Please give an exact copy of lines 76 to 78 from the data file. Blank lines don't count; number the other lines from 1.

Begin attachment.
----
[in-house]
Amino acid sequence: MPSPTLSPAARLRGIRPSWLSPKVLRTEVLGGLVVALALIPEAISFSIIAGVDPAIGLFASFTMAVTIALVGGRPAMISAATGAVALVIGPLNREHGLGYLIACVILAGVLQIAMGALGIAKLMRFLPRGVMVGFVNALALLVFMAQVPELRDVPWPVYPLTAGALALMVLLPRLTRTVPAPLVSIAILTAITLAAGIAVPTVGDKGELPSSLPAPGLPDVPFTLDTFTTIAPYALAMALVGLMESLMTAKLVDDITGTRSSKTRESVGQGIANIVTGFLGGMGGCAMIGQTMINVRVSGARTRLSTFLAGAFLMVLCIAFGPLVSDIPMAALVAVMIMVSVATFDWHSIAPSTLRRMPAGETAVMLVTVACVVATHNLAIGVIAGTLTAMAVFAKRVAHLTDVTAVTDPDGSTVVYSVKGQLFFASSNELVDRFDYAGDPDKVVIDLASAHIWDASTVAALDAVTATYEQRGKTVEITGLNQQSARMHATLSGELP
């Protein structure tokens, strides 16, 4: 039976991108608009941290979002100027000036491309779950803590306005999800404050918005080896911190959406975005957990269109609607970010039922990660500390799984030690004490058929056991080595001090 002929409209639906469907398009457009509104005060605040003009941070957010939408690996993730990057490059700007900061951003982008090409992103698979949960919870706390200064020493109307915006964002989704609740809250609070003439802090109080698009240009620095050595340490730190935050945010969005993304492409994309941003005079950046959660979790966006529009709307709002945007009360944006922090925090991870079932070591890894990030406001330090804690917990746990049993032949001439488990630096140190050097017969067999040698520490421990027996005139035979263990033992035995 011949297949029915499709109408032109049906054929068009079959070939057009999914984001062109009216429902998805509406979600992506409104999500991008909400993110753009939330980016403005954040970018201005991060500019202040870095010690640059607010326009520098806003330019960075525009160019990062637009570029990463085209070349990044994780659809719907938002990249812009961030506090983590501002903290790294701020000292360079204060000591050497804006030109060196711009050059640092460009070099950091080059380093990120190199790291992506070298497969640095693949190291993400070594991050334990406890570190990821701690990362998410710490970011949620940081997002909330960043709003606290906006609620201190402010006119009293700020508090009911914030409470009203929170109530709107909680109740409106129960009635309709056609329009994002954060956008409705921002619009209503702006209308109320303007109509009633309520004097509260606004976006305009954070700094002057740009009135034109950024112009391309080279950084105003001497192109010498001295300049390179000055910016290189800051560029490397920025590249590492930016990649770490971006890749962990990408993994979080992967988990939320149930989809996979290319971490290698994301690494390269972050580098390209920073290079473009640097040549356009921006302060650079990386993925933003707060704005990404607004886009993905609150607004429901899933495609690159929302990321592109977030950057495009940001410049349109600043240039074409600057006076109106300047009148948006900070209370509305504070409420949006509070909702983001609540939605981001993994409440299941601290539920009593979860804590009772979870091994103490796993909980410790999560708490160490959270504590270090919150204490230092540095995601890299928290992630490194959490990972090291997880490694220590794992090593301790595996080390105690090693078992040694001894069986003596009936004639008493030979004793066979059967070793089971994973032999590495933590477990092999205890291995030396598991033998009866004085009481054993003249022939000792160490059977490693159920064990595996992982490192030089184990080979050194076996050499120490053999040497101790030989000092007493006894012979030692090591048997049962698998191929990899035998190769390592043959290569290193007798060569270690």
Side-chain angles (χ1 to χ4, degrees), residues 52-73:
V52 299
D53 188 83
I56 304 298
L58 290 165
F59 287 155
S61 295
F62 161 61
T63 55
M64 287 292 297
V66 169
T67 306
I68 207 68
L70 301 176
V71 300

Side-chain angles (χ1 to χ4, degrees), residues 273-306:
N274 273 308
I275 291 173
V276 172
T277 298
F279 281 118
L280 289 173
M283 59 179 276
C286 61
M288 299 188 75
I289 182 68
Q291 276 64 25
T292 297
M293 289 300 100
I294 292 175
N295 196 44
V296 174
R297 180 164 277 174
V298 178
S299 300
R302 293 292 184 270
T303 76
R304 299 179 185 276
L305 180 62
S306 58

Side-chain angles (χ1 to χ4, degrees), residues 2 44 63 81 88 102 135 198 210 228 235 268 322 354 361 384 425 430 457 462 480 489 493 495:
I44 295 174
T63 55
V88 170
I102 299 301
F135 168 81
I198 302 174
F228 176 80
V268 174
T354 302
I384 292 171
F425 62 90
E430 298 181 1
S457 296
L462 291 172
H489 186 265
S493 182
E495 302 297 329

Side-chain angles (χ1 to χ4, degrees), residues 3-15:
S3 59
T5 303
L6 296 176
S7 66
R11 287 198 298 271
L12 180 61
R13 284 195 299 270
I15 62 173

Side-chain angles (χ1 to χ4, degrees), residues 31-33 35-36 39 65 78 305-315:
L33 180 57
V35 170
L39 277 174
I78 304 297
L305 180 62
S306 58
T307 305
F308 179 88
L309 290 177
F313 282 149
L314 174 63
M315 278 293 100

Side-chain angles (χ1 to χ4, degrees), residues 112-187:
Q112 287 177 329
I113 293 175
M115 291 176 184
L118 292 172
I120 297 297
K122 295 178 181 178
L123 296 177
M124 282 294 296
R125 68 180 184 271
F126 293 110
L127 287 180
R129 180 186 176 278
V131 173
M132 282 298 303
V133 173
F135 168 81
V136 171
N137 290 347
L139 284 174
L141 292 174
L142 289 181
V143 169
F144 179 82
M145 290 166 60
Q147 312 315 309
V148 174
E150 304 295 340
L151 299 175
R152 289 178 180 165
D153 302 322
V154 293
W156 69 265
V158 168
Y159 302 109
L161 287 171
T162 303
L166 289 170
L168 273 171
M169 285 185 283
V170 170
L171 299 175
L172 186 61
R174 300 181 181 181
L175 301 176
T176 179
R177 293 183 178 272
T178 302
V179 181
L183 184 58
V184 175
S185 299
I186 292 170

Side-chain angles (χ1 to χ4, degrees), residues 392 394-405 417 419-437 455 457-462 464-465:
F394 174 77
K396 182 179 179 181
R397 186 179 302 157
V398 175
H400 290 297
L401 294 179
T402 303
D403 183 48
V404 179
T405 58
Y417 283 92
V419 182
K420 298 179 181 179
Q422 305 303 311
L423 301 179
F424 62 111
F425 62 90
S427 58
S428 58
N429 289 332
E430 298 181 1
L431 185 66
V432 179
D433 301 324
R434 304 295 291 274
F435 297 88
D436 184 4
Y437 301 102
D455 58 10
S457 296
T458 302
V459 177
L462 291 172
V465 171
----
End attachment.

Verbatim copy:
L305 180 62
S306 58
T307 305